I always thought that espresso coffee would have higher caffeine content but when you compare espresso beans vs coffee beans, higher temperatures and a longer time at the roasters also break down the caffeine in the beans.
So as strange as it might sound; espresso beans actually have slightly lower caffeine content. That said, it probably won’t be significantly less. We all know espresso is one of the best coffee types to really make you get up and go!
The Espresso Grind
Espresso beans are ground into a much finer powder. A burr grinder is always used to achieve a fine grind and an even consistency.
To make an espresso, the ground beans need to be compacted tight into a portafilter before water is pushed through it at high pressure. To make them hold together when compacted, a finer grind is key.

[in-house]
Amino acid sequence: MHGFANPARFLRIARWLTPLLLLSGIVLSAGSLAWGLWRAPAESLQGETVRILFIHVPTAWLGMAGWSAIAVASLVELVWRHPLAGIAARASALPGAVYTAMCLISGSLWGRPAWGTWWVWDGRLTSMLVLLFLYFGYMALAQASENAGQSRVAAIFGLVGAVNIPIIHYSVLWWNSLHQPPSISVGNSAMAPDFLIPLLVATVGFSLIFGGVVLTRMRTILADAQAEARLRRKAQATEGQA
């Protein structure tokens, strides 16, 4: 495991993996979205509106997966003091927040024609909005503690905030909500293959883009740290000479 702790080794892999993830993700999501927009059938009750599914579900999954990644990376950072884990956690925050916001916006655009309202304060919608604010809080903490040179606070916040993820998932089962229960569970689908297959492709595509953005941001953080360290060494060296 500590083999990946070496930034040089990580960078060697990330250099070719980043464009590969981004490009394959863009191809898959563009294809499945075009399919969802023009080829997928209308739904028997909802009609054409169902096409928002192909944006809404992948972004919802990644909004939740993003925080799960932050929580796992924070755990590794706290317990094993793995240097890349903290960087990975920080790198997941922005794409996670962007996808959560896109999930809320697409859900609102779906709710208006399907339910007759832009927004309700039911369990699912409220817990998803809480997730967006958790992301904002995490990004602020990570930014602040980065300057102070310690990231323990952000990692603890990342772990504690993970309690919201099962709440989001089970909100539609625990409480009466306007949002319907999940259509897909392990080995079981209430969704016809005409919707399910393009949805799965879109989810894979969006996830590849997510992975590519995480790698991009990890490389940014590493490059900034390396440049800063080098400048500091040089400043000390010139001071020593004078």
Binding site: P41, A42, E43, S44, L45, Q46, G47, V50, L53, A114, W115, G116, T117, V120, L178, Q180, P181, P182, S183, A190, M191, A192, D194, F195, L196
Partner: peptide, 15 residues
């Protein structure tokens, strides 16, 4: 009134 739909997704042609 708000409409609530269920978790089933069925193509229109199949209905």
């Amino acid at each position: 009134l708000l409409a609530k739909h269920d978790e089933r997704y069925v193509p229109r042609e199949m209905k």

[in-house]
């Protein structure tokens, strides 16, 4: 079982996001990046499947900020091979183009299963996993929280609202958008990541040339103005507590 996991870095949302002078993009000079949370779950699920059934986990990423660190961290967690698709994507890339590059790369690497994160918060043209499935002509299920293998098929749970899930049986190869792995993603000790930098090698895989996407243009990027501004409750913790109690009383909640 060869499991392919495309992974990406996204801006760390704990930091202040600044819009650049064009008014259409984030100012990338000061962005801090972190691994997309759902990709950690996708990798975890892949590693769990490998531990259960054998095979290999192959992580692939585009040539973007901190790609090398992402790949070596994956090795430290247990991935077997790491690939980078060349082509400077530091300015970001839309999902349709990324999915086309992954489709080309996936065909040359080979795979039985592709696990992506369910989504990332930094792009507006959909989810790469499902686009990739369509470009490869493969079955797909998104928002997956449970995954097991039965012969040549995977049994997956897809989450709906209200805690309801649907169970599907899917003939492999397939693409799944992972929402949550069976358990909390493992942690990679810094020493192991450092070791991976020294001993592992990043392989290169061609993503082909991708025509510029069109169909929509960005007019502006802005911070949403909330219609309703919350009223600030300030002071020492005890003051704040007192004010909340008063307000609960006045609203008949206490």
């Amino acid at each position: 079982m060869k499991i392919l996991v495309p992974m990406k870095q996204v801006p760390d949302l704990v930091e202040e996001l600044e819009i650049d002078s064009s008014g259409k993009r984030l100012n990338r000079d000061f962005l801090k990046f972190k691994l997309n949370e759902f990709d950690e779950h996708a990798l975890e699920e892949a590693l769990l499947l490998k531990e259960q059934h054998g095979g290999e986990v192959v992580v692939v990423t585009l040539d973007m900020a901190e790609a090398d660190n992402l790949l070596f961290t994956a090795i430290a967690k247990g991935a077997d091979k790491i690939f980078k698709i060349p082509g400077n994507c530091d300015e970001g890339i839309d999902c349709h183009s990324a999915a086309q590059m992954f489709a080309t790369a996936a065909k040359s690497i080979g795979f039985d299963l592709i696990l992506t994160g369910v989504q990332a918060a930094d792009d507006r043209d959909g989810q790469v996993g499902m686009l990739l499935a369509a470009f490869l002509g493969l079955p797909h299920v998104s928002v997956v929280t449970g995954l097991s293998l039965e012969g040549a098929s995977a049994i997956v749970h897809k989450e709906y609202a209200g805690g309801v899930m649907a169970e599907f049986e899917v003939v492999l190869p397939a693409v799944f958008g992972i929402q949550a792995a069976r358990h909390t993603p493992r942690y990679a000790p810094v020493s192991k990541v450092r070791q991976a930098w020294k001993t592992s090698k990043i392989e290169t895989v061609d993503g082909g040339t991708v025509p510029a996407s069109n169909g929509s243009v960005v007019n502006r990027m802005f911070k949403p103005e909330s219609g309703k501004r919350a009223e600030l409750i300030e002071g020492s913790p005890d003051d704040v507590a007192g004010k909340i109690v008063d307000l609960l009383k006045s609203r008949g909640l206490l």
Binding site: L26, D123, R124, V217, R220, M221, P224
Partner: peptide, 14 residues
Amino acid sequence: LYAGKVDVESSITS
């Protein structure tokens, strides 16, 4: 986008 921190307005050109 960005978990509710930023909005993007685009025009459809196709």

With a drip, immersion coffee, or cold brew the steeping process takes much longer. People usually opt for a coarser grind. A bag of regular pre-ground coffee beans will definitely be coarser than a bag of espresso coffee.
So, in a metaphorical sense. The difference between the two coffee grinds is a bit like the difference between sand and gravel.
The difference between Espresso and Regular Coffee
Now we know what makes an espresso coffee bean and a regular coffee bean, the next step in the coffee process is the different brewing methods.
Drip, Pour Over, and Immersion Brews
These are essentially any method for brewing coffee that doesn’t involve pressure to make your coffee drinks.
Whether it is letting the beans stew in water like with a french press, or letting it trickle through the ground beans to give a cup of drip coffee, these methods make a slow and milder flavored coffee. They are also usually made in much larger volumes than espresso drinks.